Focus at the COP26 summit turned Wednesday to how the world will pay for its ambitions to quit fossil fuels and help vulnerable nations survive climate change, as campaigners urged caution over promises of billions from financiers and governments.
Negotiators are tasked with using the remaining days of the Glasgow meeting to try to keep the Paris Agreement goal of limiting warming to 1.5 degrees Celsius within reach, after a world leaders' summit yielded a landmark deal slashing methane emissions.
But a simmering diplomatic spat between the United States, China and Russia over their climate action ambitions showed the fragile nature of talks aimed at averting disastrous global heating.
With funding crucial for turning climate pledges into reality, hundreds of financial groups representing trillions in private capital made net-zero pledges on Wednesday, while British Chancellor Rishi Sunak said that COP26 would deliver on a decade-old promise to help poorer countries cope with climate change.
"We know that you've been devastated by the double tragedies of Covid and climate change," he told the conference.
He said richer nations would finally provide $100 billion annually to help poorer nations green their energy grids and respond to increasingly extreme drought and flooding.
Delays in the funding, which missed its 2020 target, have reopened tensions between vulnerable nations, often the least responsible for emissions, and polluting wealthy nations.
Fiji's Economy Minister Aiyaz Sayed-Khaiyum said developing nations were expected to "suck it up", adding it was still unclear in what form the money would come in.
"Climate finance in 2021 is as volatile as the strengthening storms that rip through the fabric of our economy year in year out," he told the conference.
The private sector is ratcheting up its climate pledges, with a coalition of 450 banks, insurers and pension funds with $130 trillion in assets
announcing they would help countries achieve carbon neutrality by 2050.
Former Bank of England governor Mark Carney said the Glasgow Financial Alliance for Net Zero would finally provide the capital flows needed after
years of broken promises from rich emitters.
"The architecture of the global financial system has been transformed to deliver net zero," he said.
"We now have the essential plumbing in place to move climate change from the fringes to the forefront of finance so that every financial decision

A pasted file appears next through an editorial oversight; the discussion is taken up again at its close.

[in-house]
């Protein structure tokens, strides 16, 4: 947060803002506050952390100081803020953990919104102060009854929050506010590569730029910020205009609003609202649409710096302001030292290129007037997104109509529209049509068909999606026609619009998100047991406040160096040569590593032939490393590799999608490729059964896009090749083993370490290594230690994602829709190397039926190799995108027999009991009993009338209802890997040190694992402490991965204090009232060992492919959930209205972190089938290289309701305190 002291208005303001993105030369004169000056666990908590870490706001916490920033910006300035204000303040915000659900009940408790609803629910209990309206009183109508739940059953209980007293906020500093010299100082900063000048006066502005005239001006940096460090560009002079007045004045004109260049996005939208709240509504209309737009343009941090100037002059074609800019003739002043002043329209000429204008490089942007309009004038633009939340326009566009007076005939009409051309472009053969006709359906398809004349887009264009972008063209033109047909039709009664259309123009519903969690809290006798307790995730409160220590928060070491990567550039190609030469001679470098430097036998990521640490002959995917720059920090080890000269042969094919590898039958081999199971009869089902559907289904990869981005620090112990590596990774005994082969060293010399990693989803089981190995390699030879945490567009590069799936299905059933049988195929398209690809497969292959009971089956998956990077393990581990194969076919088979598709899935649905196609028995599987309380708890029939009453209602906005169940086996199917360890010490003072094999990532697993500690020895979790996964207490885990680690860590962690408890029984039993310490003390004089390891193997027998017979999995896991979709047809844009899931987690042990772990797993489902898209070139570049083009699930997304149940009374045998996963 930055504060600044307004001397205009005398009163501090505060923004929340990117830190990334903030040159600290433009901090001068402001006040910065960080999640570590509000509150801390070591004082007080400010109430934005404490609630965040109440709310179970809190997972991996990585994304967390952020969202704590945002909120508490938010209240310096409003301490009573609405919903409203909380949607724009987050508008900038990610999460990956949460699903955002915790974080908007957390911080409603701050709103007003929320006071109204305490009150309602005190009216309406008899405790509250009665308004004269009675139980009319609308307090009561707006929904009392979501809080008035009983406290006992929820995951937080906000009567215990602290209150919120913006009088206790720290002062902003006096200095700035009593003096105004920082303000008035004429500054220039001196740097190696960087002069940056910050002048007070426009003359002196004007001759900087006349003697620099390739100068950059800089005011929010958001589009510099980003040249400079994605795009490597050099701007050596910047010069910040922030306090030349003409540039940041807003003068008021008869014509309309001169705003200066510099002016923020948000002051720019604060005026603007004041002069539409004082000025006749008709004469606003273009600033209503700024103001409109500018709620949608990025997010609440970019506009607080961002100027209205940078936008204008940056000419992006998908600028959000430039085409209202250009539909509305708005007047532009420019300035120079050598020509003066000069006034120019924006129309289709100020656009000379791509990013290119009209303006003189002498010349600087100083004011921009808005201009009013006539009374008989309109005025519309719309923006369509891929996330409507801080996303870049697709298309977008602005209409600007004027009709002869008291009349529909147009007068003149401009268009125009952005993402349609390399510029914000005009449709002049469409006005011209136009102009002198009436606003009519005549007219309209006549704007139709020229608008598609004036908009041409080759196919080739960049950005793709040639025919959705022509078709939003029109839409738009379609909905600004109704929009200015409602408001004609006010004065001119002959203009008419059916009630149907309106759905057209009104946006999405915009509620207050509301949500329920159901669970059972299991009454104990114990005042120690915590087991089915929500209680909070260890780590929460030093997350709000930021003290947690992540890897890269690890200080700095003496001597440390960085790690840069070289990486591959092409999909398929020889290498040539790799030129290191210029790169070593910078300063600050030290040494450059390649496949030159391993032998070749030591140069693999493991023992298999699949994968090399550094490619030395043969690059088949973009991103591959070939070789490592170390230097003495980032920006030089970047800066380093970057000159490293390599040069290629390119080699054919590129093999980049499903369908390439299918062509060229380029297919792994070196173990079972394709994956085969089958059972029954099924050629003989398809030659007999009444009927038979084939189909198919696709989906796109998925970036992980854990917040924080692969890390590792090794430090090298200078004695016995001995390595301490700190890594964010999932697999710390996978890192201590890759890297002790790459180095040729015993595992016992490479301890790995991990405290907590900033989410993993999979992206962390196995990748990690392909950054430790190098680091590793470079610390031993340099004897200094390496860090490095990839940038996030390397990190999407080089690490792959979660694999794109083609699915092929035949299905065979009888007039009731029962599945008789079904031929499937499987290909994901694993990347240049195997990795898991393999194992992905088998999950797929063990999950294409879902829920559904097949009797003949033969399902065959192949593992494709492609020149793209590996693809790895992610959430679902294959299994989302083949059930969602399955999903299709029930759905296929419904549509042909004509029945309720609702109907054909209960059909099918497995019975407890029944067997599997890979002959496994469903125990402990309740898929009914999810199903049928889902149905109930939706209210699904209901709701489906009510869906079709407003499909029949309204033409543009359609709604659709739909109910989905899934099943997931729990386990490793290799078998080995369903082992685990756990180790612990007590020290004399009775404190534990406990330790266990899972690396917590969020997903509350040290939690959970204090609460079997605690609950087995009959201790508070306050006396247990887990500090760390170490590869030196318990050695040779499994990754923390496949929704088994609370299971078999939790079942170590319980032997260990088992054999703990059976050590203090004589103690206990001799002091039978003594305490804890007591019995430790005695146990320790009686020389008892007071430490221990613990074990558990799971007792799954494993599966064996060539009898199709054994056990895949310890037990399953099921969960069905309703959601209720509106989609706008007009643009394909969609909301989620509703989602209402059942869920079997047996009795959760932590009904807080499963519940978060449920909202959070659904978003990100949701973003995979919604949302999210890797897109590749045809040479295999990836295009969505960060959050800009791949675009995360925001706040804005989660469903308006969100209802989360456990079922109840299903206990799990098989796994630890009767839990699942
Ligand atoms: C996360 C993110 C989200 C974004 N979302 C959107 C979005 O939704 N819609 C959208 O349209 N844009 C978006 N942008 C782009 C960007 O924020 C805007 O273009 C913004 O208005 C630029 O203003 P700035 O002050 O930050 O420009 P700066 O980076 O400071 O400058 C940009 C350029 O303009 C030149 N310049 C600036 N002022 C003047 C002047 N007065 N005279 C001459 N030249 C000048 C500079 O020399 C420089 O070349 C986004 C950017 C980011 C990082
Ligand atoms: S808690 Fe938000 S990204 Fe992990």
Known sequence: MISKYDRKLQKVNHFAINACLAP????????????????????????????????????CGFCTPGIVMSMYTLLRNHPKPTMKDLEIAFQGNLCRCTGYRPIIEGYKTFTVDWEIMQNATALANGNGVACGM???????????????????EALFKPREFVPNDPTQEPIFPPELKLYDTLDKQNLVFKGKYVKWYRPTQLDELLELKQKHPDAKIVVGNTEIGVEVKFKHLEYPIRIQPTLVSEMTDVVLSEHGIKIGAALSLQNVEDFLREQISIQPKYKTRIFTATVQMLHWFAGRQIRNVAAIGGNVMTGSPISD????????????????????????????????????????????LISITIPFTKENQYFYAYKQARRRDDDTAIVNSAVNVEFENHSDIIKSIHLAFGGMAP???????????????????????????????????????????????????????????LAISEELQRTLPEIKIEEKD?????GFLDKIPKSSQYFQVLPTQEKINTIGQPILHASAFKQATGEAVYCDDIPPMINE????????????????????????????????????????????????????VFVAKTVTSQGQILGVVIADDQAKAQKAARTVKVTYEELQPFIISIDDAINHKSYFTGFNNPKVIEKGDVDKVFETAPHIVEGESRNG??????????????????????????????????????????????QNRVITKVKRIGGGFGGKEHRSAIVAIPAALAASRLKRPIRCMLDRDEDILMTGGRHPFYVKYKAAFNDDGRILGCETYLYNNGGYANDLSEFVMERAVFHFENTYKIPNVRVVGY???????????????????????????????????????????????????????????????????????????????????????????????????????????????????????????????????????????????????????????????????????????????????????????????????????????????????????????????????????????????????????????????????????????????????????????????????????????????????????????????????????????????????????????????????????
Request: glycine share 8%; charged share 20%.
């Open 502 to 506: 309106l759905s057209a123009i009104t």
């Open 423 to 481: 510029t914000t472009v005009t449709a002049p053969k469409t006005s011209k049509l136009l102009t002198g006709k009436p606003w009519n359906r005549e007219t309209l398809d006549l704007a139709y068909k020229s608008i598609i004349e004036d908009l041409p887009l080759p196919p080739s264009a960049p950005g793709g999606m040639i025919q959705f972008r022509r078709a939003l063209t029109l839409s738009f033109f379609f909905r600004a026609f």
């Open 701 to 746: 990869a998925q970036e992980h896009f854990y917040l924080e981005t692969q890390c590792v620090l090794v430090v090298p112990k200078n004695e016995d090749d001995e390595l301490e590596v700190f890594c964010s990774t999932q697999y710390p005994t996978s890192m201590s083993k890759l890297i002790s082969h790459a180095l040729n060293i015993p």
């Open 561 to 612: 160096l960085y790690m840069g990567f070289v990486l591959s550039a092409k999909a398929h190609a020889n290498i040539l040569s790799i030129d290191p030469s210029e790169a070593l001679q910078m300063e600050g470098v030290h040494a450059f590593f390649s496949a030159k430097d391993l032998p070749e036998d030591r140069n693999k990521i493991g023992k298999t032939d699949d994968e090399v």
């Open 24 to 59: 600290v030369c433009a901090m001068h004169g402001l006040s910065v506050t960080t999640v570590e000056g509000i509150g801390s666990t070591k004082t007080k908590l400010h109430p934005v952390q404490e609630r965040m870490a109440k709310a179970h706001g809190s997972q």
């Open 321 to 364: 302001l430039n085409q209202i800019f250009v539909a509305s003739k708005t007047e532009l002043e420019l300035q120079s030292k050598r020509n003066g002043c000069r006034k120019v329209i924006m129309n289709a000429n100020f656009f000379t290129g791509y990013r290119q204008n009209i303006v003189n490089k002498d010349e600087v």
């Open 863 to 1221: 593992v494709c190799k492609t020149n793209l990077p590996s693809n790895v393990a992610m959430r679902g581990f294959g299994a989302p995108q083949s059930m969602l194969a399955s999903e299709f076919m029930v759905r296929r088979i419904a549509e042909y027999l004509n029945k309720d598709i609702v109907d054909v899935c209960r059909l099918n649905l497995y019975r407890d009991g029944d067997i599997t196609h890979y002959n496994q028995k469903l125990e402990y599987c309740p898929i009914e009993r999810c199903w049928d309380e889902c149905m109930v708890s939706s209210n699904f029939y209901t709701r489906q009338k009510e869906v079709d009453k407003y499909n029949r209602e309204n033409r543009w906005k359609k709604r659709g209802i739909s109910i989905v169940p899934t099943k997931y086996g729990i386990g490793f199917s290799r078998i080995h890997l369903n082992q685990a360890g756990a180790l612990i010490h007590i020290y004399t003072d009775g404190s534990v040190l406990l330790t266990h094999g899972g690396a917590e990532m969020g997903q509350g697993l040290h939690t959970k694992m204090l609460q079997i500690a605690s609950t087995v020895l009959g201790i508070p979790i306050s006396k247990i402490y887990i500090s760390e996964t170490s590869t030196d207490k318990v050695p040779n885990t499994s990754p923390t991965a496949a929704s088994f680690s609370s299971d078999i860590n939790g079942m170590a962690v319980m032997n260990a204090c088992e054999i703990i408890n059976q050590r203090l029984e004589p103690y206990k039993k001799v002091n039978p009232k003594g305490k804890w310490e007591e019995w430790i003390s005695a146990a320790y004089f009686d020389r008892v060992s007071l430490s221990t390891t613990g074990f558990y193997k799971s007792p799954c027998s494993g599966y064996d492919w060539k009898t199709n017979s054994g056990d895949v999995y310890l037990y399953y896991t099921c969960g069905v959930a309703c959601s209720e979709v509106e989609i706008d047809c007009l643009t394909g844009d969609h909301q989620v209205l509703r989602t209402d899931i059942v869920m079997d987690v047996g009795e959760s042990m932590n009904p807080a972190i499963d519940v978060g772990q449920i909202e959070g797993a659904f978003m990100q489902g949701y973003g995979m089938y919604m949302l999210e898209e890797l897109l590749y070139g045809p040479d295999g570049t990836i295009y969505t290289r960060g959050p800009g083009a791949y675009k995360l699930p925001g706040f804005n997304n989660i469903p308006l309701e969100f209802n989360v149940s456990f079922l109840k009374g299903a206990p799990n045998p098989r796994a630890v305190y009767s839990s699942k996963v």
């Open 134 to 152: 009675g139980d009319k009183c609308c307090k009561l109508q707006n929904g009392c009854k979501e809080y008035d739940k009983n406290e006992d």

takes climate change into account."
Carney said the alliance would help the world reach net-zero emissions by 2050 "at the latest".
Campaign groups reacted to the alliance with scepticism, pointing out that funds involved were still investing heavily in oil and gas.
"The commitments they have made are so full of loopholes, that there is plenty of space for some of the worst financiers of the worst polluters on
the planet," said Kenneth Haar of the Corporate Europe Observatory.
And on the streets of Glasgow, activists from the group Extinction Rebellion responded to the COP26 finance-themed day with a protest against
Delegations will spend the next 12 days thrashing out details of the Paris Agreement rulebook, including rules governing carbon markets and a unified "stock take" on emissions cutting plans.
Although organisers say they want COP26 to keep the 1.5C heating limit within reach, the UN says the most up-to-date climate pledges put Earth on
course to warm 2.7C.
British Prime Minister Boris Johnson told parliament on Wednesday that negotiations "have a long way to go".
"Whether we can summon the collective wisdom and will to save ourselves from an avoidable disaster still hangs in the balance," he said.
On Tuesday leaders committed to lower their emissions of methane -- a potent greenhouse gas -- by at least 30 percent this decade.
Experts said the pledge could have a significant impact on short-term global heating.
But a two-day world leaders summit ended with barbed comments from the two largest emitters, the United States and China.
US President Joe Biden criticised counterpart Xi Jinping for skipping the Glasgow summit, after China declined to sign the methane pledge.
"It just is a gigantic issue and they walked away," Biden told journalists before flying out of Glasgow.
He said the same was true of Russian President Vladimir Putin, who is also missing the talks.
But China and Russia pushed back on that assessment on Wednesday.
And in a sign the acrimony could sour negotiations, China's special climate envoy Xie Zhenhua told reporters late Tuesday that he did not support
shifting the temperature warming goal to 1.5C, from a less ambitious Paris cap of well below 2C. "If we are to only focus on 1.5 C, it means we are destroying this consensus between all parties," Xie said.